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      • I don’t really know how to respond to this. But, I’m not going to argue with you.

        But, the reason why I read the Pearl, despite not liking it, was because it had something valuable to teach me.

        Despite hating it, it taught me something. And that something is highly tied to what you said. That corruption exists.

        Because there is no reason what you’re saying should be true.

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      • Like, I hope you understand it ought not be “Elitist” to say other things should be read and written, and commonly at that, beside Nicholas Sparks. What you’re saying sounds elitist. To me, anyway. It’s like saying, “Yeah, people who are really good at what they do ought to just suck it, and realize capitalism rules all.”

        Like

      • It’s also a little insulting to me that you say that the writers who wrote in older styles couldn’t get published today. That’s elitism, right there. Like, you’ve just changed a classical style out for something else.

        And, it’s probably better the other way, so that way someone like me who spent 10 years learning how to master my craft, don’t end up poverty stricken, and people who basically just write an outline and have editors write their material don’t end up being national best sellers. Because that’s what happens today.

        I mean… just give it some thought. Maybe you’ll realize that you’re wrong, and your ideas are causing a lot of problems in the outset because people don’t recognize quality, and then talented people can’t eat.

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        • “I’m not going to argue with you.” *proceeds to continue talking and posts three more comments*

          LOLOLOL dear man on the internet, wow, you are hilarious. One, I’m anti-capitalist however I am a realist. At no point did I say that they *shouldn’t* be published, I said they more than likely wouldn’t be today because I’m aware of the zeitgeist, and while I hate capitalism, I know that it’s a major factor in what is/isn’t published. The publishing market is unforgiving and what’s in changes constantly. While there can be a niche for anything, what is popular tends to take precedence.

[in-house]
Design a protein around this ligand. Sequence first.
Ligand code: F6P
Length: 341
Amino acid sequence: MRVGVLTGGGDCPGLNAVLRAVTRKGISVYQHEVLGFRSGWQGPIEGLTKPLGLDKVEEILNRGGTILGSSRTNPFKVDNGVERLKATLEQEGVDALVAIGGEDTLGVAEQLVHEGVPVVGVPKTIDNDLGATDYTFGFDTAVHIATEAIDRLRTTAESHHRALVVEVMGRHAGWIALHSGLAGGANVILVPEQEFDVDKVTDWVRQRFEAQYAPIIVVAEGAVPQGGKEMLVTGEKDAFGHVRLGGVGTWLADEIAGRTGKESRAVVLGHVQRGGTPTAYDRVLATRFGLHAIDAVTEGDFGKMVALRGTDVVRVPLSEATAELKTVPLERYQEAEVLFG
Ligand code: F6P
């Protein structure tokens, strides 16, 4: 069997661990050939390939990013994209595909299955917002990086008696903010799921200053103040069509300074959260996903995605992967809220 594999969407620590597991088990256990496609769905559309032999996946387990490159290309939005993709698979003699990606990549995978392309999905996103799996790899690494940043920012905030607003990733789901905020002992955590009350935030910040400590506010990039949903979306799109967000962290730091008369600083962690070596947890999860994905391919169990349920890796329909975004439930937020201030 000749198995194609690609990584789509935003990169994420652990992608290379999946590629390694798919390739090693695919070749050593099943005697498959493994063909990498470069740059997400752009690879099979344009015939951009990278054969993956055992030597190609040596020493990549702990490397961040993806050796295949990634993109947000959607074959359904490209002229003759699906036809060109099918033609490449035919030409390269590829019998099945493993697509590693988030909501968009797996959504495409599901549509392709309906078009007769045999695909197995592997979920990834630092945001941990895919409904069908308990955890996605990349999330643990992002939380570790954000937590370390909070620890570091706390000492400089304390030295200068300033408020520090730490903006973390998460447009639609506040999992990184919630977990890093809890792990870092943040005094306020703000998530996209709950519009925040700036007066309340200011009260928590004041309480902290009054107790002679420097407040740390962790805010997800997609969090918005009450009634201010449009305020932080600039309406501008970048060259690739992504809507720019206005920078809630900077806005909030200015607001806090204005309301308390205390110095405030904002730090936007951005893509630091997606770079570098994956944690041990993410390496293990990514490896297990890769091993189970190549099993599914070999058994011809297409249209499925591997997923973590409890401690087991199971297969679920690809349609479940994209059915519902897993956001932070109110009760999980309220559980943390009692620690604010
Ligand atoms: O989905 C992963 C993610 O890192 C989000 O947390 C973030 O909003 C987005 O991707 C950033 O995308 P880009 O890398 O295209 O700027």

What should exist and what does exist are two different things. I would love to live in a world were dudes don’t try to mansplain and tell me to realize I’m wrong and “people don’t recognize quality” because they missed the fucking nuance of what I said, but here we are. Something can have quality and still not be for everyone, and insinuating that “people can’t recognize quality” sounds pretty fucking elitist to me. Is it what *you* attempt to identify as objective quality or is it legitimate objective quality? And even if it is, people are still entitled to their preference on whether they’d enjoy reading it. As I mentioned, I have no problem slogging through something that’s might not be all that interesting but that I can garner knowledge from, but not everyone shares that sentiment. My non-judgment of what people want to spend their time doing is the opposite of elitism, Talent doesn’t always equal success, and yeah that sucks. You can make no mistake, have loads of talent, write an awesome story, and still not succeed. It’s not fair, and, I don’t think people should starve for any reason, whether they’re talented or not. My observation of the paradigm doesn’t mean I agree with it. It means I understand the mechanism behind it. I can lament it as much, but it’s going to take much more than some random dude berating me and my review on the internet to fix the underlying, foundational problems with our society that makes all of this so.

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  2. Pingback: The State of the Writer: 6/16/19 | The Shameful Narcissist Speaks